Seattle Cancer Consortium Breast SPORE
Core Co-Directors: Peggy L. Porter, MD, and Martin (Mac) Cheever, MD
The leadership core provides the overall context for the translational activities of the SPORE and builds on established interdisciplinary collaborations. Drs. Porter and Cheever, co-principle investigators of the SPORE, co-direct the core and lead an executive committee (EC), composed of all project and core leaders and breast cancer patient advocates, primarily responsible for overall planning and evaluation. The EC is advised on scientific direction, planning and evaluation of the translational progress of SPORE projects and activities by both an External Advisory Board, which includes three national SPORE leaders, and an Internal Advisory Board, which includes two SPORE leaders. To maintain a high degree of translational research focus to all SPORE activities, the EC meets and interacts regularly with the SPORE career enhancement and developmental research programs.
Core Director: Peggy Porter, MD
Co-investigator: Ming-Gang Lin, MD
The specimen acquisition and pathology core is a key component of the SPORE that supports the translational goals of SPORE projects, as well as developmental projects funded through the SPORE. Dr. Porter’s leadership provides not only research and clinical breast pathology expertise but also integration of core activities with the SPORE overall, and developmental projects in particular. This coordination of specimen acquisition and distribution with promotion of new research greatly aids translation of basic discoveries into experiments involving human samples. This core augments the existing robust Cancer Consortium Breast Specimen Repository (BSR) and functions to centralize specimen acquisition, processing, pathologic analysis and distribution of samples needed by SPORE projects. It also provides a laboratory base for select biomarker assays in support of the major and developmental projects.
Core Director: Julie Gralow, MD
Co-investigators: V.K. Gadi, MD, PhD, and Jennifer Specht, MD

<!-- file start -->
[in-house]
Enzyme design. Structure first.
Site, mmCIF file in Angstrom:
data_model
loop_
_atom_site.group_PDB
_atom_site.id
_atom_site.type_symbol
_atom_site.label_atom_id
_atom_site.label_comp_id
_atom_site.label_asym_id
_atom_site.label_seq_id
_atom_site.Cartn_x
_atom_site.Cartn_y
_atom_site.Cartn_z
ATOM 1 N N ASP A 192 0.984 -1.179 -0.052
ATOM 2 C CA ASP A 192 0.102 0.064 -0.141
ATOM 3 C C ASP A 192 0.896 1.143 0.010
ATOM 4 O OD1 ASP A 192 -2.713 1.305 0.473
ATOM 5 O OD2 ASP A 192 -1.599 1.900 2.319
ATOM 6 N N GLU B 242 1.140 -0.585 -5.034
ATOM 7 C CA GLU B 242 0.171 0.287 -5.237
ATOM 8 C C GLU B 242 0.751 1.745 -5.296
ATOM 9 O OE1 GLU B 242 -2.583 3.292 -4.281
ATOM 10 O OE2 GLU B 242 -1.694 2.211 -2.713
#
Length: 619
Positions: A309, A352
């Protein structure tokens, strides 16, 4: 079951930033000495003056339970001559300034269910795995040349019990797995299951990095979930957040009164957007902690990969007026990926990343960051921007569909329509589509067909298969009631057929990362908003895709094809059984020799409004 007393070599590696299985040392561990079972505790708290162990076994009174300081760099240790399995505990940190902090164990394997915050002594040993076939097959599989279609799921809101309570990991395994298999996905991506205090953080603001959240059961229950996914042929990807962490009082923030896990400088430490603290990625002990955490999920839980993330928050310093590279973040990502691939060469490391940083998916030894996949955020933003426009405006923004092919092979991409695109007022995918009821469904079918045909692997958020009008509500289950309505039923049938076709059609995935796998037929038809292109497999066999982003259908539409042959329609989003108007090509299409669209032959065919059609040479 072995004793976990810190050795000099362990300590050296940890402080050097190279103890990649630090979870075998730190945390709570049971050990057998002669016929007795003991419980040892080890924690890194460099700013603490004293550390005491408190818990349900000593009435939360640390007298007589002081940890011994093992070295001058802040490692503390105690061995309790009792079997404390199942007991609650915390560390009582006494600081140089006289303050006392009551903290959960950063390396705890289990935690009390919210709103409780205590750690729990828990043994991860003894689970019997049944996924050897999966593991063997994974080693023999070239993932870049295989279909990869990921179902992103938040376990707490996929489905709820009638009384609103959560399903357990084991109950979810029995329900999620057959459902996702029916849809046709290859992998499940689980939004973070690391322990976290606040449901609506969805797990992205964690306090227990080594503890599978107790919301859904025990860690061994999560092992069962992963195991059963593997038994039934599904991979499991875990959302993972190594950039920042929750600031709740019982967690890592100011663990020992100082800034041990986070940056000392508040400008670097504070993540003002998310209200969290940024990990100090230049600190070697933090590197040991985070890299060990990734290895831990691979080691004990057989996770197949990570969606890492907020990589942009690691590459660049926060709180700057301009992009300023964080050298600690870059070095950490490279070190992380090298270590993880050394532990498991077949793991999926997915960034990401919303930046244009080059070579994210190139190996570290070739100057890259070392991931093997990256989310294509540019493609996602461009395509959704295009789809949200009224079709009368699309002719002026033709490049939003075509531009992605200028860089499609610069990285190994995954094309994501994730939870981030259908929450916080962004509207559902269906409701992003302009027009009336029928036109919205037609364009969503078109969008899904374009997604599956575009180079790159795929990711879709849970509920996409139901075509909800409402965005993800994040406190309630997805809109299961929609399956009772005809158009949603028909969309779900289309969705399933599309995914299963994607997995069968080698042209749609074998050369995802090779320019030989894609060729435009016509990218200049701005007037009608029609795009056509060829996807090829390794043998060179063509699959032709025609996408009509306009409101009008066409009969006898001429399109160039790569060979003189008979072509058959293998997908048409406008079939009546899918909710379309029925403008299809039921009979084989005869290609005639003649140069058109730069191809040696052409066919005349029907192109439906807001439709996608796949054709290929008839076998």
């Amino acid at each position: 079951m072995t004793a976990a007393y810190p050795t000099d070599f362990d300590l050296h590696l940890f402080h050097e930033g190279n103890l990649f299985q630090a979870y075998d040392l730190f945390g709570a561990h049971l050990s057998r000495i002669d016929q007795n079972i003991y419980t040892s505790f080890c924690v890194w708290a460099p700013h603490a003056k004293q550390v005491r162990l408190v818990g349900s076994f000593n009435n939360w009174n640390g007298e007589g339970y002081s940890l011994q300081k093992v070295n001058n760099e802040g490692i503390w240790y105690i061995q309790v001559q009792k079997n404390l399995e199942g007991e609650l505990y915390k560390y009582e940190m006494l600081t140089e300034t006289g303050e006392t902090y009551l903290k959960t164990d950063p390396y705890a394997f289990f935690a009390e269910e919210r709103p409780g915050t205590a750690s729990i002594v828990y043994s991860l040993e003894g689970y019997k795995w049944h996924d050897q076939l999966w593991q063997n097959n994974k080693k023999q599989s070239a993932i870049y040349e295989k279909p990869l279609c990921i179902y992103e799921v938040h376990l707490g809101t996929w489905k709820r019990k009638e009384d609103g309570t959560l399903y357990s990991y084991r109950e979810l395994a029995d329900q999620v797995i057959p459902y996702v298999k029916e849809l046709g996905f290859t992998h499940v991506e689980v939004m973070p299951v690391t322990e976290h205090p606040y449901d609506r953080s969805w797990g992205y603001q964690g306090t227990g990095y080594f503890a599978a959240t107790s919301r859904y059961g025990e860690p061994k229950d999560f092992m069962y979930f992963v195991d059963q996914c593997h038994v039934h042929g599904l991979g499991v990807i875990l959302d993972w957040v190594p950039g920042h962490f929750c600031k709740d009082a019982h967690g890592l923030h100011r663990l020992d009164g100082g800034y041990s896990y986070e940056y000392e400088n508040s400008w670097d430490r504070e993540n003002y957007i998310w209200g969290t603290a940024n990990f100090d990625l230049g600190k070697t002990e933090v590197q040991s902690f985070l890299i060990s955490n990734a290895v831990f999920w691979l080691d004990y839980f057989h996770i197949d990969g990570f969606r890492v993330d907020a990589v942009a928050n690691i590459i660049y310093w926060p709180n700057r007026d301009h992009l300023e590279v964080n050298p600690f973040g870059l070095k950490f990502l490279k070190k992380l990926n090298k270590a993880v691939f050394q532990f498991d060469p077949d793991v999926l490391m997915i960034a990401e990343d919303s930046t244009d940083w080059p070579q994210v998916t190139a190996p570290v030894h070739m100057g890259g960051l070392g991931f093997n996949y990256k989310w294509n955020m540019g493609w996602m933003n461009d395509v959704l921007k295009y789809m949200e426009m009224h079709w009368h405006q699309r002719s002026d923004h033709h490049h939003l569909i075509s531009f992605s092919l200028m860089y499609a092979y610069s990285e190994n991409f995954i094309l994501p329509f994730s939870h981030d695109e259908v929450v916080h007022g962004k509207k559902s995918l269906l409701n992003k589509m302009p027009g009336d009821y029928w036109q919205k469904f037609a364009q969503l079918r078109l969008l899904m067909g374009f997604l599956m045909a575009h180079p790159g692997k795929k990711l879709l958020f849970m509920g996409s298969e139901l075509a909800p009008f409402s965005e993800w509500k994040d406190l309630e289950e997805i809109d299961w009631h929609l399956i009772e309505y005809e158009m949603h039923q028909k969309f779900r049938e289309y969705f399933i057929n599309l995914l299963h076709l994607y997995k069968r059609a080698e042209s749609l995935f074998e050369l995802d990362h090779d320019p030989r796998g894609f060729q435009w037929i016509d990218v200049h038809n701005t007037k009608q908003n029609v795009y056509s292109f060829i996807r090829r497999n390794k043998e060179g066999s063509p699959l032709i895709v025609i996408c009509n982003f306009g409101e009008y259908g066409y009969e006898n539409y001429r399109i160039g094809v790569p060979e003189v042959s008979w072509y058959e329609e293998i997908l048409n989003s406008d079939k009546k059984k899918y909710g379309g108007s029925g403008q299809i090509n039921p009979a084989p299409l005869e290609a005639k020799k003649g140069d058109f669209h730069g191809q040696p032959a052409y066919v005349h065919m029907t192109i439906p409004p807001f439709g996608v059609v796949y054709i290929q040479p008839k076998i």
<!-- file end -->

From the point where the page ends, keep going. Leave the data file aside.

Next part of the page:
The importance of clinical expertise to effectively carry out translational research objectives cannot be overstated. Laboratory discoveries can only be developed into clinical tools if clinical input is incorporated early into all aspects of research planning and implementation. This core is well-positioned to take advantage of Fred Hutch/UW Consortium research, clinical strengths and institutional alliances to maximize exchange of ideas and facilitate translation, both to and from the clinic. The clinical core of the SPORE program provides this critical link by incorporating a highly effective breast cancer clinical team into the overall structure of the SPORE. The clinical core is responsible for facilitating translational research through the support of clinical trials and clinical research studies, as well as providing clinical education throughout the program. Additionally, the clinical core serves to mentor and find clinical collaborators for laboratory investigators, with particular emphasis on those funded through the SPORE’s developmental research program. By design, the clinical core works closely with the specimen acquisition and pathology core, which procures and processes specimens for SPORE projects after initial contact is made through the clinical core. The clinical core also interacts closely with the biostatistical core in designing and analyzing studies, and is works with the Fred Hutch/UW Consortium’s Clinical Trials Support Office that is responsible for management of all clinical trials.
Core Director: Li Hsu, PhD
Co-investigators: Ted Gooley, PhD, and Barry Storer, PhD
The biostatistics core provides essential biostatistical support to Seattle Cancer Consortium Breast SPORE investigators. The core links study design, data collection, measurements, and analysis to the critical hypotheses and questions studied by SPORE investigators whose research involves basic sciences, epidemiology, population studies, and clinical research. The core investigators have diverse and complementary expertise, and conduct analyses using data from a wide variety of experimental technologies. For some of these technologies, analytic methods are still evolving. Core investigators are part of Consortium biostatistical research groups that are leaders in the areas of biomarker development, computational biology, and bioinformatics. The Core is well positioned to meet the diverse needs and address the translational aims of the breast SPORE.